Duration 4 years commencing March 2005
Team and Leader L. Dawson, M.A. McCoy and B. Moss
Organisations involved Agricultural Research Institute of Northern Ireland and Department of Agriculture and Rural Development for Northern Ireland (DARDNI)
Background and Summary
There are approximately 298,000 and 307,000 dairy and suckler cows in Northern Ireland respectively. Whilst it is envisaged that post Mid Term Review (MTR) of the Common Agricultural Policy (CAP) the number of suckler cows will decline, it is predicted that the dairy herd will increase slightly.
Currently progeny from the dairy herd contribute 47% of prime beef output and it is likely that this proportion will increase post MTR of the CAP for the following reasons:
(1) A shortage of progeny from the suckler herd for finishing due to the decline in beef cow numbers.
(2) The desire by dairy producers to increase income from calf sales. During 2003 the mean prices paid for continental bulls and heifers and Holstein bull calves at 2-3 weeks of age were £197, £100 and £50 respectively.
(3) Whilst sexed semen is currently commercially available for breeding replacement heifers, further improvements are required before it will become widely used on dairy farms. Sexed semen is only available for Holstein bulls and conception rates are highest when used in maiden heifers. Conception rates from sexed semen are in the region of 70-80% of that achieved with frozen unsexed semen when used on synchronised maiden heifers. Conception to sexed semen declines dramatically when used on more mature dairy cows. However when sexed semen is available at an economic cost coupled with no negative impact on conception rate, its use in the dairy herd both to produce female replacements and male progeny from beef sires for beef production should increase.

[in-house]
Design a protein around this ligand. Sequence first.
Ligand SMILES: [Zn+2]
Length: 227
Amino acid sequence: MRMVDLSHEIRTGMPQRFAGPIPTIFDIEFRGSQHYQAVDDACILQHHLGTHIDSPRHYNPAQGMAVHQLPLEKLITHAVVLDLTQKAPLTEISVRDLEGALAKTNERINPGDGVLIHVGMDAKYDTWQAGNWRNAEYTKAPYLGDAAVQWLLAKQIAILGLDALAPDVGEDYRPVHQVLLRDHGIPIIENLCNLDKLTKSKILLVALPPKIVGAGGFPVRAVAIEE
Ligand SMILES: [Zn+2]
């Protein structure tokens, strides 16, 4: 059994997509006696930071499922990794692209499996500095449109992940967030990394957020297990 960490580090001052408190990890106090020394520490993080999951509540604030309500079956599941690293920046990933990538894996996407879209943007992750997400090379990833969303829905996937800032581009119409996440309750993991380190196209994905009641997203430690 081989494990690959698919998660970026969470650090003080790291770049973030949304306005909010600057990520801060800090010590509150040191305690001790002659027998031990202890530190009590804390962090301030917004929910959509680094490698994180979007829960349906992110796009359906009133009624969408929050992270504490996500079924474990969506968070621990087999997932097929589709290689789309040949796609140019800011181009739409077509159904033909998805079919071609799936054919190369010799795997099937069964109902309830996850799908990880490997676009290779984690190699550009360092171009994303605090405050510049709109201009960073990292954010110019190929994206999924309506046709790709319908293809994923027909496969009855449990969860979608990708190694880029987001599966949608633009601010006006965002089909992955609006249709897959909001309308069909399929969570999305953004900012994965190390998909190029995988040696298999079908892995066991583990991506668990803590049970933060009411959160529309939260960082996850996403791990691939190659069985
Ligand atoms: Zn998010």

Whilst beef cross dairy calves from the dairy herd command a premium price in the market place, it is essential that the actual additional value of these calves are determined. Furthermore, finishing the progeny as bulls, steers or heifers has a large impact on the resultant carcass value. Previous studies at Hillsborough have shown that, when slaughtered at a constant age, the carcass value of bulls, steers and heifers were £618, £523 and £473 respectively.
The project will involve rearing 160 calves from four breeds (Holstein, Limousin, Charolais and Belgian Blue sourced from the dairy herd at Hillsborough) over a 2-year period to beef as steers and bulls commencing March 2005 and completing March 2008.
Final report to be with AgriSearch March 2010.
(1) Evaluate the effect of terminal sire breed on animal performance and meat quality of dairy herd progeny.
(2) Determine the effects of the use of beef semen on subsequent herd fertility and performance of dairy cattle.
(3) Identify the most cost effective means of producing beef from progeny of the dairy herd taking into consideration proposed changes in the MTR of the CAP.